Futures End: Grayson #1
By Tom King, Stephen Mooney & Jeremy Cox
It’s September again, which means that DC is pulling out their yearly gimmick to boost sales. This year we are given a look five years into the future in the Futures End event. Things look grim for many of Earth’s heroes and the pages of Futures End: Grayson depict that as good as anywhere.
The first page of this issue is essentially the last page. Tom King gets creative and tells his story backwards, which is a pretty tricky thing to do plot-wise. The story is written well, but you may need multiple reads to grasp everything that is going on. If you are not a fan of this type of storytelling, then it will be nothing but an inconvenience to you and you will most likely hate this book. King paints some pretty interesting parallels here too, as rope is a huge deal in this issue. Both the first and last page deal with it, but the outcome is different from a young Dick Grayson to the one seen five years into the future. There is some questionable dialogue this issue, mostly dealing with the scene between Barbara and Dick. King definitely crafts an interesting tale that readers will either love or hate, but hopefully he’ll make you think a little too.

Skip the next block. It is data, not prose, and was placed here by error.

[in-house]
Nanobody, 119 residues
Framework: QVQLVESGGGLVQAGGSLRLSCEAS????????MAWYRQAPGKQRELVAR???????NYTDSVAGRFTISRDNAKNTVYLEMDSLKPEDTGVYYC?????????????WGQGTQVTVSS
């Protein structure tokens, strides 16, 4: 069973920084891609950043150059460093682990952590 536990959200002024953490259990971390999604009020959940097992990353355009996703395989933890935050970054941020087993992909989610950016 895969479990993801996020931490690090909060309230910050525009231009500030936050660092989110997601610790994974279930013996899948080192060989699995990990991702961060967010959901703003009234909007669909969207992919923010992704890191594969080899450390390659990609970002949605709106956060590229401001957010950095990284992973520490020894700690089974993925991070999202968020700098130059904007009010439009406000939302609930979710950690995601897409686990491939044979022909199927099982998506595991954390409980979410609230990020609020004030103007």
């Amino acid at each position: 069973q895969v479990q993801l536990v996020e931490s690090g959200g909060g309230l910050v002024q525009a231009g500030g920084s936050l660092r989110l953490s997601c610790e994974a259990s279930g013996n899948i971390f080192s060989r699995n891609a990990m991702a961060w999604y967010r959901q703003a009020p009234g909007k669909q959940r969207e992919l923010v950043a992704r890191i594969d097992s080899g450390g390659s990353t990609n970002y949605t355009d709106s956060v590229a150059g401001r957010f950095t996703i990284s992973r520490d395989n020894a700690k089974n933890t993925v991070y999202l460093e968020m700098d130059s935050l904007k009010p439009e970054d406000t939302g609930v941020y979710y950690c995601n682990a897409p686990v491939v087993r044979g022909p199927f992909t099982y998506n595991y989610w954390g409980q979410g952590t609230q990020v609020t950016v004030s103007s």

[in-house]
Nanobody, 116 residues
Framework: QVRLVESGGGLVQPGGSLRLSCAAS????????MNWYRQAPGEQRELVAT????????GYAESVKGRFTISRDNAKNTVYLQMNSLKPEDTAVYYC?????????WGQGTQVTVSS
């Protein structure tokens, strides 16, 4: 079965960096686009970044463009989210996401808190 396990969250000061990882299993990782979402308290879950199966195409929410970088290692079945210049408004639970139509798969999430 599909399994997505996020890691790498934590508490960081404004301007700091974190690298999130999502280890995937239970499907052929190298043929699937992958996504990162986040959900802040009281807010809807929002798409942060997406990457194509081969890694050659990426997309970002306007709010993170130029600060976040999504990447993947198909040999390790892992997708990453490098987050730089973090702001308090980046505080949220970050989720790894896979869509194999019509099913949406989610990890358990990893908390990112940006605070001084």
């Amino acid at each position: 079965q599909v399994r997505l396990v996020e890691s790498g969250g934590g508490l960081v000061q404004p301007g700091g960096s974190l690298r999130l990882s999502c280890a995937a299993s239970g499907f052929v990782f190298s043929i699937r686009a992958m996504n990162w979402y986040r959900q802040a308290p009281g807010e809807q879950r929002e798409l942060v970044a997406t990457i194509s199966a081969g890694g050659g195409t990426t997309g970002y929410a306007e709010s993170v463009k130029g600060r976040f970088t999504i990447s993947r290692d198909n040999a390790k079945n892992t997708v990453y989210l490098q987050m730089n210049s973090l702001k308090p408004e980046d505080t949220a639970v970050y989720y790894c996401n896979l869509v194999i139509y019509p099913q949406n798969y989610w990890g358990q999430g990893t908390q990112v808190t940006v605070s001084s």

The art is covered by Stephen Mooney with colors by Jeremy Cox. Mooney does a quality job, but there were definitely some off panels. Dick looks odd in a few panels and his face seems to have too much shading sometimes. Mooney does his best work when he has some nice background scenery. As Helena and Dick are climbing a ladder from a helicopter, they share a kiss with a gorgeous full moon in the background. This is where Mooney shines (no pun intended). While there were more good panels than bad, there were enough questionable panels to take the reader’s mind off of the complex story.
Futures End: Grayson was a pretty solid standalone issue. Tom King uses his smarts to deliver a cool script that will warrant multiple readings. Stephen Mooney had a few misses in the issue, but if you can get past those panels you’ll love this book. If Tom King isn’t on your radar after this issue, you’re doing something wrong.